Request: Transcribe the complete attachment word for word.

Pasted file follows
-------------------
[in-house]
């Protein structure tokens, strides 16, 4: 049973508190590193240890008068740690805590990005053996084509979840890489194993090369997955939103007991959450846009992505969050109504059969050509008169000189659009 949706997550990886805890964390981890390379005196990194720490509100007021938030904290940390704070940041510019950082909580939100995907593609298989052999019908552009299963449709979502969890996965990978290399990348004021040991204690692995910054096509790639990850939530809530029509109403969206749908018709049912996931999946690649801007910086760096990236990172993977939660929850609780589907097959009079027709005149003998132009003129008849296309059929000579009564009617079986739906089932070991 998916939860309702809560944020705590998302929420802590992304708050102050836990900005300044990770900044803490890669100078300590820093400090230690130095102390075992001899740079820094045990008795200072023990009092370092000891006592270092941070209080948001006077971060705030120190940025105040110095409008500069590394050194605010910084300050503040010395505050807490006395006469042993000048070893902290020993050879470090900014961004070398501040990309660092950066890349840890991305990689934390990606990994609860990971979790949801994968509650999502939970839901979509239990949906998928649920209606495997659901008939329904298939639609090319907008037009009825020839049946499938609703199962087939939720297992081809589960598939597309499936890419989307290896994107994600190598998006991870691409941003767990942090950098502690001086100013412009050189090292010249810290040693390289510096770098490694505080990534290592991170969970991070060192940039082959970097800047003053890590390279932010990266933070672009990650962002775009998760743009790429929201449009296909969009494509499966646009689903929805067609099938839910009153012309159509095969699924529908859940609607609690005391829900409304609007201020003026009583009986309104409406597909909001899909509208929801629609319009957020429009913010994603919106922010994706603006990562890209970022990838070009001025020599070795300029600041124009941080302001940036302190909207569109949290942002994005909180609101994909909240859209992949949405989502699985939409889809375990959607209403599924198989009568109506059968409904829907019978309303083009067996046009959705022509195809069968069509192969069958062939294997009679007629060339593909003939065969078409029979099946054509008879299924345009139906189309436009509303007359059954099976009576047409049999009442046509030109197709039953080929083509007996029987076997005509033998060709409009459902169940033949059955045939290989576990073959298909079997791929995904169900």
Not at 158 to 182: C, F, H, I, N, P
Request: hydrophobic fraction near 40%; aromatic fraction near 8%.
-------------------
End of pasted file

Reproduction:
[in-house]
């Protein structure tokens, strides 16, 4: 049973508190590193240890008068740690805590990005053996084509979840890489194993090369997955939103007991959450846009992505969050109504059969050509008169000189659009 949706997550990886805890964390981890390379005196990194720490509100007021938030904290940390704070940041510019950082909580939100995907593609298989052999019908552009299963449709979502969890996965990978290399990348004021040991204690692995910054096509790639990850939530809530029509109403969206749908018709049912996931999946690649801007910086760096990236990172993977939660929850609780589907097959009079027709005149003998132009003129008849296309059929000579009564009617079986739906089932070991 998916939860309702809560944020705590998302929420802590992304708050102050836990900005300044990770900044803490890669100078300590820093400090230690130095102390075992001899740079820094045990008795200072023990009092370092000891006592270092941070209080948001006077971060705030120190940025105040110095409008500069590394050194605010910084300050503040010395505050807490006395006469042993000048070893902290020993050879470090900014961004070398501040990309660092950066890349840890991305990689934390990606990994609860990971979790949801994968509650999502939970839901979509239990949906998928649920209606495997659901008939329904298939639609090319907008037009009825020839049946499938609703199962087939939720297992081809589960598939597309499936890419989307290896994107994600190598998006991870691409941003767990942090950098502690001086100013412009050189090292010249810290040693390289510096770098490694505080990534290592991170969970991070060192940039082959970097800047003053890590390279932010990266933070672009990650962002775009998760743009790429929201449009296909969009494509499966646009689903929805067609099938839910009153012309159509095969699924529908859940609607609690005391829900409304609007201020003026009583009986309104409406597909909001899909509208929801629609319009957020429009913010994603919106922010994706603006990562890209970022990838070009001025020599070795300029600041124009941080302001940036302190909207569109949290942002994005909180609101994909909240859209992949949405989502699985939409889809375990959607209403599924198989009568109506059968409904829907019978309303083009067996046009959705022509195809069968069509192969069958062939294997009679007629060339593909003939065969078409029979099946054509008879299924345009139906189309436009509303007359059954099976009576047409049999009442046509030109197709039953080929083509007996029987076997005509033998060709409009459902169940033949059955045939290989576990073959298909079997791929995904169900």
Not at 158 to 182: C, F, H, I, N, P
Request: hydrophobic fraction near 40%; aromatic fraction near 8%.